Cosmic Dualism: The Elements and Game Theory

June 5, 2009 by  
Filed under elemental, magick, theory, witchcraft

Cosmic Dualism: The Elements and Game Theory

I’ve looked at clouds from both sides now,
From up and down, and still somehow
It’s cloud illusions I recall.
I really don’t know clouds at all!
—”Both Sides Now” by Joni Mitchell

Warm and cool, dry and moist, light and shadow — As human beings, our conceptual frameworks freely draw upon dualistic oppositions. Because we who practice magic are human, our magical paradigms partake of these conceptual divides, though as Magicians we have an intellectual responsibility to question whether our basic assumptions about the world are beneficial, or even warranted, for our magical development. When we find ideas which are useful for our occult endeavors, then cultivating our understanding of these ideas should facilitate their adaptation and application. On the other hand, when our paradigms constrain our capacity to engage our world constructively, we should make the intellectual effort to modify — or even to jettison — the offending assumptions.

From the above examples, we can readily see the influence of dualism and binary reasoning both upon ancient proto-science and within contemporary occult theory. The pre-Socratic philosopher Empedocles, when sketching out the fourfold division of the elements so integral to our contemporary magical thought, assigned to each element a primal quality based upon temperature and another based upon moisture, so that Fire was hot and dry, while Water was cold and wet. These pairs of essential qualities proposed by Empedocles — warm and cool, dry and moist — subsist upon binary thinking; without the assumption of either-or, they largely fail to “click” upon an intuitive level. An object may partake of some quality “Alpha” only insofar as the object does not partake of the opposing quality “Beta.” The composite substances which populate our visible world inevitably fall somewhere between these various extremes, yet by this thinking, the composition of any particular substance can always be defined with reference to absolutes, absolutes which can only exist in opposition one to another. Contribute heat, and thereby we move the object further from the primal absolute of cold. Take away water, and so much less does the object partake of the primal absolute of moist.

Taking the four primary composites of these qualities — what we would call the four elements — we have Fire (warm and dry) opposed to Water (cold and wet), and Earth (cold and dry) opposed to Air (warm and moist). Even in non-occult circles, there is the sense that each element acts as foil for its opposite. So when the practicing Magician first encounters the Watchtowers — and whatever their true origins and natures, they certainly seem to function as intelligences which personify the four elements — there arises the very natural tendency to perceive these four godforms as opposed, one to another, or to employ the paradigm and parlance of game theory, as engaged in a zero-sum game.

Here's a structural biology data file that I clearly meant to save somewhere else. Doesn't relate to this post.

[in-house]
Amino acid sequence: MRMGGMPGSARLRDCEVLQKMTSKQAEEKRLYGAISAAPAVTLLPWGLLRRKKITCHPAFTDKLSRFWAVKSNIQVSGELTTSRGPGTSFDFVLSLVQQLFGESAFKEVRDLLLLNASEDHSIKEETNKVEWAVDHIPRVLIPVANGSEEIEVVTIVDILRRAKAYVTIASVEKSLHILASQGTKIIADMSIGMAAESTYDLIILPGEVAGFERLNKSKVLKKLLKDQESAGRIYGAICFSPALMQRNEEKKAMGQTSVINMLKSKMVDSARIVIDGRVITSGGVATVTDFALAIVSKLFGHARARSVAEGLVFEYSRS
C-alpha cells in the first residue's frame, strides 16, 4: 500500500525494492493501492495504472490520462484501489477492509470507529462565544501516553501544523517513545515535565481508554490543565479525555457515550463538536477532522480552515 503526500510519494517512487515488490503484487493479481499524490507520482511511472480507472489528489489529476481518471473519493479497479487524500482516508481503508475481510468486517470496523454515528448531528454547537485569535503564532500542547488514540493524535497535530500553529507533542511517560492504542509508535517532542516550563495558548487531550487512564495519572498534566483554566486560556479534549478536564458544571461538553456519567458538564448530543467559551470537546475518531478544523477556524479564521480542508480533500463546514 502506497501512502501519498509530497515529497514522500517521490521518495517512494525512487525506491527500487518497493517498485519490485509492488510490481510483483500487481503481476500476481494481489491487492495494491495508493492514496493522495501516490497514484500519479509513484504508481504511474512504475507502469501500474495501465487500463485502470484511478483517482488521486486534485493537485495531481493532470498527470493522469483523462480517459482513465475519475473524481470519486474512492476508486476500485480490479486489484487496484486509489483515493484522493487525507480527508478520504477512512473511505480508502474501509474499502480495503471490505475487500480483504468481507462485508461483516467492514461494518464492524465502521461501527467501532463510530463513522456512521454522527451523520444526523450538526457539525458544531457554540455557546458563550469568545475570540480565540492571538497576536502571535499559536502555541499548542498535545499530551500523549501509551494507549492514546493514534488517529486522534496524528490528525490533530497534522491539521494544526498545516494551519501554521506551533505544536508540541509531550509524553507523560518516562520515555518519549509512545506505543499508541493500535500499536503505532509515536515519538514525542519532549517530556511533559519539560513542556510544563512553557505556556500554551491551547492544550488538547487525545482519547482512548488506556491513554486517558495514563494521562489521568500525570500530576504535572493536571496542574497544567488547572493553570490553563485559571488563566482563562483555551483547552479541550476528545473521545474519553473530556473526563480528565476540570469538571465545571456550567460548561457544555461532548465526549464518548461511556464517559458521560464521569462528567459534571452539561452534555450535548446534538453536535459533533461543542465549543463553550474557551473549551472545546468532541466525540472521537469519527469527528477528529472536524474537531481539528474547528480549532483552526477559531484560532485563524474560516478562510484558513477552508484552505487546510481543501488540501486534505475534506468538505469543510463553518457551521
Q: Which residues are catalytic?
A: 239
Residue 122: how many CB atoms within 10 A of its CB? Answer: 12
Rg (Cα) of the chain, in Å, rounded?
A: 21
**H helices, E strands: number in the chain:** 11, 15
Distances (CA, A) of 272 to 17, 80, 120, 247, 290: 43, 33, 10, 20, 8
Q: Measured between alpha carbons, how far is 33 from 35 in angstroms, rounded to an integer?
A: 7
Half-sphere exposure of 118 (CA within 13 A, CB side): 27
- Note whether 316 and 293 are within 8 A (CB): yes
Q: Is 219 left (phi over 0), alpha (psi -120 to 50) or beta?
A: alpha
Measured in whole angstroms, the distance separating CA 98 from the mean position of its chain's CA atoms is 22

In the social sciences, the field of game theory has emerged to explain various social and economic interactions among several actors. Game theory proposes an individual faced with choices can be regarded as an essentially rational player of some game with defined rules, an actor who makes decisions and selects strategies in order to maximize their own self-interest. There exist many different kinds of games, with various actors and rules. One particularly crucial distinction is that between zero-sum and non-zero-sum games. In zero-sum games, one player can only advance when another loses ground by the same amount. If there are only so many bricks in existence, and all available bricks exist as part of two houses, then my house can only expand when yours contracts. (I would very much enjoy a new game room. You weren’t using that foyer, were you?) In non-zero-sum games, by contrast, one player’s advancement does not have to come from another player’s loss, and often there exist cooperative strategies by which all players may advance together. (Let’s work together to build shelter which we can share!)

By the default paradigm, one element meets and potentially neutralizes its opposite upon the zero-sum field of battle. Fire does battle with Water, and vice versa. Earth does battle with Air, and vice versa. According to this paradigm, an individual Watchtower seeks power and influence over the unfolding cosmos, and this power can only come when the influence exercised by the opposing Watchtower wanes. The question arises: Does this conflict-oriented paradigm constitute a legitimate way of viewing the world, and particularly the realms of magical phenomena? Does one elemental force, viewed as rational player attempting to maximize its power and expression, acquire and exert this power only at the expense of another elemental force?